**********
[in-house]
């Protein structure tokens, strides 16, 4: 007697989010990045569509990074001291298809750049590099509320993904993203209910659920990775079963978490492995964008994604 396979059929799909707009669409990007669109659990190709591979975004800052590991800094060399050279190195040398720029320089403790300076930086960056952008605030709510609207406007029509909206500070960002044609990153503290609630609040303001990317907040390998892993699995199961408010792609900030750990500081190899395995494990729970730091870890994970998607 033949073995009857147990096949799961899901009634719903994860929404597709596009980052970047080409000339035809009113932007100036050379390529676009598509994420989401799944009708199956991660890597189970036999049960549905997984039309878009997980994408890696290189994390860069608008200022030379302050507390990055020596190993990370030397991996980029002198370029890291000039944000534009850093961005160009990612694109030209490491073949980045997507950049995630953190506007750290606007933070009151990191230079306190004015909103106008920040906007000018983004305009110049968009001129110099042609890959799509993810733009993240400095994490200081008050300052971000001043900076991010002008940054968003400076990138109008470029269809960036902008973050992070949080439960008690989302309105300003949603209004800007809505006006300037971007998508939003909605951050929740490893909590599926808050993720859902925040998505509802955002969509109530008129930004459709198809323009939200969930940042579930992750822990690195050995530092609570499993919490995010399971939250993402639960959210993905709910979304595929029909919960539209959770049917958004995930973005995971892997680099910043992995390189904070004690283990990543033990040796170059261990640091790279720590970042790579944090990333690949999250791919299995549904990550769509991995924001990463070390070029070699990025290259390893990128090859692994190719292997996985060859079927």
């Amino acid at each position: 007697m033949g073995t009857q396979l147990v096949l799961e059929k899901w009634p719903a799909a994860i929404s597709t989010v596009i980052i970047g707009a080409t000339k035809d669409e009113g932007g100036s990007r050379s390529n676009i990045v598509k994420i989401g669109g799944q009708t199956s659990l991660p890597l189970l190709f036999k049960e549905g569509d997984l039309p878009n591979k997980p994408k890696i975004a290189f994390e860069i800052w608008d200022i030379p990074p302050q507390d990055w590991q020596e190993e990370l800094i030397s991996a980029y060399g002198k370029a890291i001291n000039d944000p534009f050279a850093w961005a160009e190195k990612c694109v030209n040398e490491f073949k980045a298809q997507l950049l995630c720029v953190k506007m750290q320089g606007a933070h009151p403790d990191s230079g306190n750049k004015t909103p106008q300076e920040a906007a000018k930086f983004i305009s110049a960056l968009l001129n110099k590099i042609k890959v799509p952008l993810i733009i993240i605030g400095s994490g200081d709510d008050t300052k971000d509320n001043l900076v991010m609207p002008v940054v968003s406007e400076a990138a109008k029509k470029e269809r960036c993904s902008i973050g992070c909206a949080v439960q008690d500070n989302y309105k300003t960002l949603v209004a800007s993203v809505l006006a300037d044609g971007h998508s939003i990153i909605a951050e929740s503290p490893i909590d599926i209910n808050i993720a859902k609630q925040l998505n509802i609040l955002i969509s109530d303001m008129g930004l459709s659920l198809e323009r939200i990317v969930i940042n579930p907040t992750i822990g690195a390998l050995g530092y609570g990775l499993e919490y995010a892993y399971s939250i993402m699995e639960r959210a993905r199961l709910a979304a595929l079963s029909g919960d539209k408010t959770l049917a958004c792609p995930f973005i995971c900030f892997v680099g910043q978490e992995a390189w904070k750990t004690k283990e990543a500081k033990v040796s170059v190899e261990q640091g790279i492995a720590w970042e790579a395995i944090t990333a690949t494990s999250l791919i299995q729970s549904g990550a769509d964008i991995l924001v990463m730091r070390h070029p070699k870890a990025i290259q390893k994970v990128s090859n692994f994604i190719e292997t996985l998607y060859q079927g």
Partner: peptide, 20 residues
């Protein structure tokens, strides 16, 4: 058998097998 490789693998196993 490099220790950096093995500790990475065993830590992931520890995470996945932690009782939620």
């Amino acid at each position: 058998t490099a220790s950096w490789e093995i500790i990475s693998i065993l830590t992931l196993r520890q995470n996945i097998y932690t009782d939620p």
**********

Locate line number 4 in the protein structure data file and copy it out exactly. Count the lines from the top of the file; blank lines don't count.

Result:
Partner: peptide, 20 residues